There has been a good deal of buzz about the 2009 vintage in Bordeaux—excellent fruit, great potential, even at this early stage of the game—and, as with most years as promising as this one, it’s rare to hear any words of caution coming out of the Gironde.
Which is what makes declarations like Pierre Olivier Clouet’s so notable. M. Clouet is the oenologist at famed Chateau Cheval Blanc, and Decanter.com recently quoted him as saying that, “The problem in great vintages like 2009 is the false assurance that every bit of tannin will be ripe, so you might see over extraction of wines.”
He continued, “With weather so good and grapes so ripe, people think they can pigeage and pump-over to their heart's content, but I never saw as many over-extracted wines as I did in the 2005 vintage.”
Could this be the opening salvo in an effort to help Bordeaux maintain its traditional identity as the home of more subtle, finely honed wines, a bit of pushback against the ever-encroaching so-called “international style?” When Cheval Blanc’s oenologist speaks like this, people tend to listen…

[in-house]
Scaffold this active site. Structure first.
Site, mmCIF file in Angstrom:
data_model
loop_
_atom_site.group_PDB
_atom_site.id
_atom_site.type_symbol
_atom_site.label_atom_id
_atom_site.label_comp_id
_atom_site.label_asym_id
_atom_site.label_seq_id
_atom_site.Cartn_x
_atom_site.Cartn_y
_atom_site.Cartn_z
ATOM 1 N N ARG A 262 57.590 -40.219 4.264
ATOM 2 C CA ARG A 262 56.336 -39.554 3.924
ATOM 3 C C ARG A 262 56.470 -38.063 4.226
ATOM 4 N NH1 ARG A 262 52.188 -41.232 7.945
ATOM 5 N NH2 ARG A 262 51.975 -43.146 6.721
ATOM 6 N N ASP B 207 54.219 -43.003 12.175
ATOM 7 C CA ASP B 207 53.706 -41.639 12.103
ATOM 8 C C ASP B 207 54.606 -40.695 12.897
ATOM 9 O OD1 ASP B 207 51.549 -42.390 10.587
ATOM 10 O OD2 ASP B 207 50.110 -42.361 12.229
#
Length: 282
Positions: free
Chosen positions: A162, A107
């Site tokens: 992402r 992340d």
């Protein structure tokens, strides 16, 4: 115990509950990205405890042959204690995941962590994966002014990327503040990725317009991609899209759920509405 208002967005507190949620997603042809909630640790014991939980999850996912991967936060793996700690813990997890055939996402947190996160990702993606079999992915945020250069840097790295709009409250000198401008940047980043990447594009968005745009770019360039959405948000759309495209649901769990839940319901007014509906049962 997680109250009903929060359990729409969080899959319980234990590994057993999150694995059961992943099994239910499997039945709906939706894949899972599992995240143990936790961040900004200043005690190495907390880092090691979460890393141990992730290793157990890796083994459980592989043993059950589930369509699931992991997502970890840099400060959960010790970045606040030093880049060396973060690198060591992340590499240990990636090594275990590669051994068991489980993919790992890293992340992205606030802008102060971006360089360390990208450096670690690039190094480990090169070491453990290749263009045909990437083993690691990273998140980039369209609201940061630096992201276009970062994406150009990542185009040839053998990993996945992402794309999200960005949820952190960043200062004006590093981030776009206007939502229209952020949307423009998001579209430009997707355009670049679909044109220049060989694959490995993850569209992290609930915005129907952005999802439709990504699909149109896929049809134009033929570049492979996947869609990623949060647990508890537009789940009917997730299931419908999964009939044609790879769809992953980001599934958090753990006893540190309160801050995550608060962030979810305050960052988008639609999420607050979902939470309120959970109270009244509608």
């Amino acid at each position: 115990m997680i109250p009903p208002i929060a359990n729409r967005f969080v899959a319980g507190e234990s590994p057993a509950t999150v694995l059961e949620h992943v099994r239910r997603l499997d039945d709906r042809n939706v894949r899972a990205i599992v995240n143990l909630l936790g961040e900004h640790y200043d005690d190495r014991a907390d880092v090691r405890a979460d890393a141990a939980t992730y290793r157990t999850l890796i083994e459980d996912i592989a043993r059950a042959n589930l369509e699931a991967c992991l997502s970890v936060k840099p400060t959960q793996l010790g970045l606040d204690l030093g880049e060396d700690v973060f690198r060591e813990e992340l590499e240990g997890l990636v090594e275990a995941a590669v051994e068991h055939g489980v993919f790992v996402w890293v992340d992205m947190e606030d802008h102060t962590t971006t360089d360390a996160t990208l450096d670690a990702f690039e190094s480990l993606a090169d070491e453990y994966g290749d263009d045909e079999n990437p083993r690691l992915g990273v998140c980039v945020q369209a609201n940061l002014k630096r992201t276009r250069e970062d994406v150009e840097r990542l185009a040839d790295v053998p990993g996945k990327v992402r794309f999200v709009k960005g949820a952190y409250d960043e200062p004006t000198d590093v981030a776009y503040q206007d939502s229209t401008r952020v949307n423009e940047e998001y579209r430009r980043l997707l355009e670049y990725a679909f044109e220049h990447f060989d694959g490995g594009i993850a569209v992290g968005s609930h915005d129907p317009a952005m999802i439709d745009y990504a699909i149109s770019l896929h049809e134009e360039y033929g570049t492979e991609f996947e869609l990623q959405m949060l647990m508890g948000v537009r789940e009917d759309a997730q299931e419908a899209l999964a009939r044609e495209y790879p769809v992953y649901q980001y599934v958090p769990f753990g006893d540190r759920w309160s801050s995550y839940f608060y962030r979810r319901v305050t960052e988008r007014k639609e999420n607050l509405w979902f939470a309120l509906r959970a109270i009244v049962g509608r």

Also, a quick wine-review note. Wine Spectator recently came out with its “Insider,” and the focus this issue was California, Washington Cabernet Sauvignons, and Champagne. As is so often the case, Seghesio has earned a number of accolades, most notably this issue for its Zinfandel Home Ranch 2007 bottling, a wine that, on a personal level, I’m a big fan of. As the weather turns cooler, thoughts might appropriately turn to rich, larger-scale wines like this one that the Wine Spectator describes as “rich and powerful…[with] aromas of black cherry and licorice, with dense plum, cracked pepper and espresso flavors that finish with ripe tannins.”
Sounds like a perfect October wine to me.